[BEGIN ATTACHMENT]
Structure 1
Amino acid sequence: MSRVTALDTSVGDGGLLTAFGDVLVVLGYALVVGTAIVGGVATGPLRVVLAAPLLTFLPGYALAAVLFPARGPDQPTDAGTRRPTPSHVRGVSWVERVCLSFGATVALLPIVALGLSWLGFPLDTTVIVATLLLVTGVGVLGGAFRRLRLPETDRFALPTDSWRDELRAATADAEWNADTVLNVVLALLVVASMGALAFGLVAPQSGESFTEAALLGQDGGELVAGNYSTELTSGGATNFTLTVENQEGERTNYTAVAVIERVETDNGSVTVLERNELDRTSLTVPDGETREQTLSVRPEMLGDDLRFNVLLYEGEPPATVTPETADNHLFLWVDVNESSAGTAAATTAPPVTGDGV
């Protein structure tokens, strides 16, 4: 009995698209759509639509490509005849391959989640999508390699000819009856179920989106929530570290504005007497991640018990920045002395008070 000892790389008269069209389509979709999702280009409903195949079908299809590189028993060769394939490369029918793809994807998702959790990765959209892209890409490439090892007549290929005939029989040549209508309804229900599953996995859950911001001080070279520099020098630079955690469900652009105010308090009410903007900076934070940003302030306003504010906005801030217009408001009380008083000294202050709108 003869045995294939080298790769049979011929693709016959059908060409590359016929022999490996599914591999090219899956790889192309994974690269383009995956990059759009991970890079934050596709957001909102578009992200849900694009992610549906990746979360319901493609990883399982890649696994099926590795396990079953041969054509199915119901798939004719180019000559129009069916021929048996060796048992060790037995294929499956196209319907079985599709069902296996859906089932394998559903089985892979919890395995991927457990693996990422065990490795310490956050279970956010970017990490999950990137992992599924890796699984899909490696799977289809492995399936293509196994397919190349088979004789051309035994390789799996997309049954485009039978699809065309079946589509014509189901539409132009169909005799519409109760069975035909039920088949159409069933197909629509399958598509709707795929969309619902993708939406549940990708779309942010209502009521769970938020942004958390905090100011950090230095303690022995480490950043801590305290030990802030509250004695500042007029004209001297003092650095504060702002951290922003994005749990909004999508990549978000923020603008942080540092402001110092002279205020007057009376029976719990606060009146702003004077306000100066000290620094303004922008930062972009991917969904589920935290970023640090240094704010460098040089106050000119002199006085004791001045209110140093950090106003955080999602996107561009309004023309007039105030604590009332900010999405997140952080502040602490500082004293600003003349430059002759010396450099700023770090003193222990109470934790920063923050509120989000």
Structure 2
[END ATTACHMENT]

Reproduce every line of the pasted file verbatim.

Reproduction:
Structure 1
Amino acid sequence: MSRVTALDTSVGDGGLLTAFGDVLVVLGYALVVGTAIVGGVATGPLRVVLAAPLLTFLPGYALAAVLFPARGPDQPTDAGTRRPTPSHVRGVSWVERVCLSFGATVALLPIVALGLSWLGFPLDTTVIVATLLLVTGVGVLGGAFRRLRLPETDRFALPTDSWRDELRAATADAEWNADTVLNVVLALLVVASMGALAFGLVAPQSGESFTEAALLGQDGGELVAGNYSTELTSGGATNFTLTVENQEGERTNYTAVAVIERVETDNGSVTVLERNELDRTSLTVPDGETREQTLSVRPEMLGDDLRFNVLLYEGEPPATVTPETADNHLFLWVDVNESSAGTAAATTAPPVTGDGV
């Protein structure tokens, strides 16, 4: 009995698209759509639509490509005849391959989640999508390699000819009856179920989106929530570290504005007497991640018990920045002395008070 000892790389008269069209389509979709999702280009409903195949079908299809590189028993060769394939490369029918793809994807998702959790990765959209892209890409490439090892007549290929005939029989040549209508309804229900599953996995859950911001001080070279520099020098630079955690469900652009105010308090009410903007900076934070940003302030306003504010906005801030217009408001009380008083000294202050709108 003869045995294939080298790769049979011929693709016959059908060409590359016929022999490996599914591999090219899956790889192309994974690269383009995956990059759009991970890079934050596709957001909102578009992200849900694009992610549906990746979360319901493609990883399982890649696994099926590795396990079953041969054509199915119901798939004719180019000559129009069916021929048996060796048992060790037995294929499956196209319907079985599709069902296996859906089932394998559903089985892979919890395995991927457990693996990422065990490795310490956050279970956010970017990490999950990137992992599924890796699984899909490696799977289809492995399936293509196994397919190349088979004789051309035994390789799996997309049954485009039978699809065309079946589509014509189901539409132009169909005799519409109760069975035909039920088949159409069933197909629509399958598509709707795929969309619902993708939406549940990708779309942010209502009521769970938020942004958390905090100011950090230095303690022995480490950043801590305290030990802030509250004695500042007029004209001297003092650095504060702002951290922003994005749990909004999508990549978000923020603008942080540092402001110092002279205020007057009376029976719990606060009146702003004077306000100066000290620094303004922008930062972009991917969904589920935290970023640090240094704010460098040089106050000119002199006085004791001045209110140093950090106003955080999602996107561009309004023309007039105030604590009332900010999405997140952080502040602490500082004293600003003349430059002759010396450099700023770090003193222990109470934790920063923050509120989000």
Structure 2